This month saw the publication of my latest book of poetry This Much Endures.
Kennedy & Boyd have made a really beautiful job if it. The cover features a little marble boat I made from Skye marble for my daughter’s birthday. There is a poem to match it. Fiona Stafford of Somerville College, Oxford, wrote the introduction. Here are two quotations from it:
“The celebratory tone of so many of John Purser’s poems is set against the profound bleakness of others. The volume’s overall truth derives as much from the poet’s understanding of the pain and injustice of the world as from his recognition of what helps to combat the darkness.”
“From first to last, the voice of the poems speaks with the economy of tested truth: utterly assured, utterly convincing.”
Besides the poetry book, a piece I wrote for solo recorder received its world premiere in The Red House – Benjamin Britten’s home in Aldeburgh – as part of the Alwyn Music Festival. The recorderist John Turner was the commissioner and performer. I wrote the piece at his request and it is dedicated to him. It’s called Skye Blue and is as happy as the title may suggest. My son reminds me that Blue = Blues – but not here on Skye after a glorious summer with blue skies for weeks. Skye Blue is being published by Forsyth of Manchester and it’s also out on CD Hat Box Primafacie PFCD166 Track 12, in lots of good company. It’s that rare thing these days, a CD full of fun and entertainment and totally unpretentious, all expertly played.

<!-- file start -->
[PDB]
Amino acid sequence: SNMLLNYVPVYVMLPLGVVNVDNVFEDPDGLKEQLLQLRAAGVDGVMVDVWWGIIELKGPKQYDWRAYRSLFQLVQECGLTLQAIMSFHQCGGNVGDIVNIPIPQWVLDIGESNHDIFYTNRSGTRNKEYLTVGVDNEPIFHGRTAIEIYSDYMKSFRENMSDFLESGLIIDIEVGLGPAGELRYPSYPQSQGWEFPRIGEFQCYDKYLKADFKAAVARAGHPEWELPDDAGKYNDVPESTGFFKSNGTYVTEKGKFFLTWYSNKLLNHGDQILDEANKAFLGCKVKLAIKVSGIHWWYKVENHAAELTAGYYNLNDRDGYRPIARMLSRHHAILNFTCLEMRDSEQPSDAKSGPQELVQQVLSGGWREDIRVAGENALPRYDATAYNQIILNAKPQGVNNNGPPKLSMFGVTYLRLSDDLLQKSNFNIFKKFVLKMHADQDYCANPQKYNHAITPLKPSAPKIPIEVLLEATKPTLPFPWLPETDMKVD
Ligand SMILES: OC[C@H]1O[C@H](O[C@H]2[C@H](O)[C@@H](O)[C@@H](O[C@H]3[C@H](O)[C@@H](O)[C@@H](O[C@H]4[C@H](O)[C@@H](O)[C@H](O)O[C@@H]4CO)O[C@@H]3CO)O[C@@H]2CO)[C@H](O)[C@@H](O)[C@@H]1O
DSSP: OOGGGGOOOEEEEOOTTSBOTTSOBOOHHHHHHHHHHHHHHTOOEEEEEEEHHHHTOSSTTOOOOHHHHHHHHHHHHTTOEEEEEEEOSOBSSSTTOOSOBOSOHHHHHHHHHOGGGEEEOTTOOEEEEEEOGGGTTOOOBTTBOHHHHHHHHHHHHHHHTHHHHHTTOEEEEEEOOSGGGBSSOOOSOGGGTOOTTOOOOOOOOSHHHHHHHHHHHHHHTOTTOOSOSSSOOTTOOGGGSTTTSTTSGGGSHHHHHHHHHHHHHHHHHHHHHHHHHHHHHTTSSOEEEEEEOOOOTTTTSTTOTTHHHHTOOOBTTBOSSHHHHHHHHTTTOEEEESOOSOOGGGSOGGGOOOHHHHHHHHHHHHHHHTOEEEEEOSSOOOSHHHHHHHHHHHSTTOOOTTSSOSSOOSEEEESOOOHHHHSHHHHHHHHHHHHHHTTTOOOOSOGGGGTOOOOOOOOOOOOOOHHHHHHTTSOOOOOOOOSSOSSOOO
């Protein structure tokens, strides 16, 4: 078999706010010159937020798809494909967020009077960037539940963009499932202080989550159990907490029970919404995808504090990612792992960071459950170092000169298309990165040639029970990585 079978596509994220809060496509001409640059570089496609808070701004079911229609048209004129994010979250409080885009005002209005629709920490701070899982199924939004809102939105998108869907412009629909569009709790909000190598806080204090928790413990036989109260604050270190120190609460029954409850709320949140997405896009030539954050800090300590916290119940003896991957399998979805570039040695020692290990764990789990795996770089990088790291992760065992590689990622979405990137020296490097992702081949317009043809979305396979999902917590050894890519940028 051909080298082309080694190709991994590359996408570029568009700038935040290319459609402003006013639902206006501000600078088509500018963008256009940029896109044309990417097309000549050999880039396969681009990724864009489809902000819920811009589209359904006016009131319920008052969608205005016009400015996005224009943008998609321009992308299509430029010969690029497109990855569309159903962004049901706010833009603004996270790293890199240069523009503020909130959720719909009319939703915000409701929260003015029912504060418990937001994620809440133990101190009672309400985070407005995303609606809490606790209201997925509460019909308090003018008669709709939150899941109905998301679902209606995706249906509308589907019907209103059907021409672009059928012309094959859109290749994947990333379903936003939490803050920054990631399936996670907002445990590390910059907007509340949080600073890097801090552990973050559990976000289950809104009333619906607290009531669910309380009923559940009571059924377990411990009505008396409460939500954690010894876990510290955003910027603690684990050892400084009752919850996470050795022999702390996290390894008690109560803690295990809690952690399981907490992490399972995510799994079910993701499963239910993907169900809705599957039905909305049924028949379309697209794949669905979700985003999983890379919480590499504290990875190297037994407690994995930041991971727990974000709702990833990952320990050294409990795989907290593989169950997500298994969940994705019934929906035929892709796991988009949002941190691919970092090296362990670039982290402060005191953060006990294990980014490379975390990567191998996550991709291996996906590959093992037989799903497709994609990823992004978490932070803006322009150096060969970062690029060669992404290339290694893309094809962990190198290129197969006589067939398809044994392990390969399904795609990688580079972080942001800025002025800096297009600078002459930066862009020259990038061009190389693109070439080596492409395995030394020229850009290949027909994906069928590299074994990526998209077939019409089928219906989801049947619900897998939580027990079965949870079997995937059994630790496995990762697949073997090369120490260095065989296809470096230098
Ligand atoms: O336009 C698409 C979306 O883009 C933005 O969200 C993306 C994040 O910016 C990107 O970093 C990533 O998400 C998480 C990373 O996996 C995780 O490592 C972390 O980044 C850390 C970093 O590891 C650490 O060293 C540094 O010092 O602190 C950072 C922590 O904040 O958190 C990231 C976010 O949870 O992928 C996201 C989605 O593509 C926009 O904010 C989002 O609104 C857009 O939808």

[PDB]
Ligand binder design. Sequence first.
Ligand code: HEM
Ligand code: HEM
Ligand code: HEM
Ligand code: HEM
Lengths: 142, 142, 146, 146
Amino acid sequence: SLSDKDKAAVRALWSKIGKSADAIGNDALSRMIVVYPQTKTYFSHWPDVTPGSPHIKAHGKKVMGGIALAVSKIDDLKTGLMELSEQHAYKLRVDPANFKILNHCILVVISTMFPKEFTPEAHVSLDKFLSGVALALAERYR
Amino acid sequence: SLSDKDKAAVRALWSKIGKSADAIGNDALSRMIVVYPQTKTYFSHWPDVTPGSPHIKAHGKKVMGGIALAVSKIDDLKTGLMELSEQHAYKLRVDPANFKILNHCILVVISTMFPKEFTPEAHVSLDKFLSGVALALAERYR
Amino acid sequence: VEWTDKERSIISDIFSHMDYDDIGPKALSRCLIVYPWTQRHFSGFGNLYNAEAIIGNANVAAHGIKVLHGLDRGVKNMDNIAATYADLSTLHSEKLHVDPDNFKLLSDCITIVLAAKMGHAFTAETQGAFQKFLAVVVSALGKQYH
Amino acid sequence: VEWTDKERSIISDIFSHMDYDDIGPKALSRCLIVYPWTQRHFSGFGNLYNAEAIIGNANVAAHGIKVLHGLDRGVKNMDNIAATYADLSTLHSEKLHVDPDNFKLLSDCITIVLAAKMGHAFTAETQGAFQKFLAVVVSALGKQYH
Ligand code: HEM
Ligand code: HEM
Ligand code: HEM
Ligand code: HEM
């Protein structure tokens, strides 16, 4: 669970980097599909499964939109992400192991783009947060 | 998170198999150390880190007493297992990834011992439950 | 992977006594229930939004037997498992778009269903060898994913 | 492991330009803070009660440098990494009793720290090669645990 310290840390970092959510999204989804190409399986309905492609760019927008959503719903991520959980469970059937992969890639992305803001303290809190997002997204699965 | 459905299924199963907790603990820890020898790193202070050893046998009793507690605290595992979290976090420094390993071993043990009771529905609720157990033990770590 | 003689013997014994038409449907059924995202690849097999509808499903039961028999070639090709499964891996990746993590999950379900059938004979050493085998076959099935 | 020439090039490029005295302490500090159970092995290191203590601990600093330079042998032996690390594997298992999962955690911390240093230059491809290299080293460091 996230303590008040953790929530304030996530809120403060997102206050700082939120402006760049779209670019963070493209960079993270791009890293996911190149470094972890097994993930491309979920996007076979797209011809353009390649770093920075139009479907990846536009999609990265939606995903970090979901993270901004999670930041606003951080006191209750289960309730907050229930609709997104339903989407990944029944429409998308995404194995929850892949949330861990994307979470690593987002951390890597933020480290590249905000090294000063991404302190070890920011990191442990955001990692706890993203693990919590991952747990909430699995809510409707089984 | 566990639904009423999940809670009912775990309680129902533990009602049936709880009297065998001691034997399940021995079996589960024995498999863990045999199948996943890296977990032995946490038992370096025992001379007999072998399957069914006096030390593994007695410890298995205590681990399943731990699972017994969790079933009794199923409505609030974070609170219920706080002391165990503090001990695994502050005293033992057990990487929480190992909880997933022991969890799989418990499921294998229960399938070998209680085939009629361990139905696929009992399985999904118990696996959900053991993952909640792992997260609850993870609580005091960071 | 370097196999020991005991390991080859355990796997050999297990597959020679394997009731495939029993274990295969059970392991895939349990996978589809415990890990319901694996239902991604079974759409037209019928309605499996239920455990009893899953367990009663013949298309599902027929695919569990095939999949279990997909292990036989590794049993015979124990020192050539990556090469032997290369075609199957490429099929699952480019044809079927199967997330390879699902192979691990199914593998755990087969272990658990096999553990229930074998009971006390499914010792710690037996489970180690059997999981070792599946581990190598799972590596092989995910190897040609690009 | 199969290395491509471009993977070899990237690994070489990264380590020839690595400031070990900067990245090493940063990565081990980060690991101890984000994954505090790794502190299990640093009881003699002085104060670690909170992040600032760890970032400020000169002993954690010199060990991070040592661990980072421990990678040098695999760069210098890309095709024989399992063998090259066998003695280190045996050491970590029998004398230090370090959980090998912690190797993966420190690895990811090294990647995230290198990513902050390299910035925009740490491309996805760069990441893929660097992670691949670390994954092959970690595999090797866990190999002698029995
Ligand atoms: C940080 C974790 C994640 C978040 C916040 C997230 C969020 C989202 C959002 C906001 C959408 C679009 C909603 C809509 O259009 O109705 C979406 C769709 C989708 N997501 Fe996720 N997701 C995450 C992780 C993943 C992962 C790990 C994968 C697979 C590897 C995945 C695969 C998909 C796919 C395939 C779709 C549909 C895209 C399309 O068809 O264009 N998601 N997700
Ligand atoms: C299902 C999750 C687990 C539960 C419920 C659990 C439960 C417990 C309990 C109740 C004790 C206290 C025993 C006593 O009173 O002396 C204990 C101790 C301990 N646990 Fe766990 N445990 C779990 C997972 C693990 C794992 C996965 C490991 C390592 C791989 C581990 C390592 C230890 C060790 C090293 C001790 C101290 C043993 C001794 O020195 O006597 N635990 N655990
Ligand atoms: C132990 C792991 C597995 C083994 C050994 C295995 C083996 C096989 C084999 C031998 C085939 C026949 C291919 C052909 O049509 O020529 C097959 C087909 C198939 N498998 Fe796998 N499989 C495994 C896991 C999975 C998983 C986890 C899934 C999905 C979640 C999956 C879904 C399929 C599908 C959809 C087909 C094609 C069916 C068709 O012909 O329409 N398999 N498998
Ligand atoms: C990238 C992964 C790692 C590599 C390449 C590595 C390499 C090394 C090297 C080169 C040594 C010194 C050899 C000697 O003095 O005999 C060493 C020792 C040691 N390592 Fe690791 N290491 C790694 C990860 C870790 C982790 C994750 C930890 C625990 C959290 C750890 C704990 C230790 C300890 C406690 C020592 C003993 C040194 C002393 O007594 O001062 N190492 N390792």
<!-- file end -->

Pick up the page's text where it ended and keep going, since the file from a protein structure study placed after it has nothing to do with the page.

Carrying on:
News on the croft is that the cattle are back in from the common grazing and the hay has arrived from the east of Scotland in small ‘square’ bales, easy to manage. We start feeding in January unless the weather is really bad. We had been catching crab, mackerel and the occasional lobster, but it’s now too cold to be out in an open boat, so we have brought the pots in and stowed the boat here on the croft.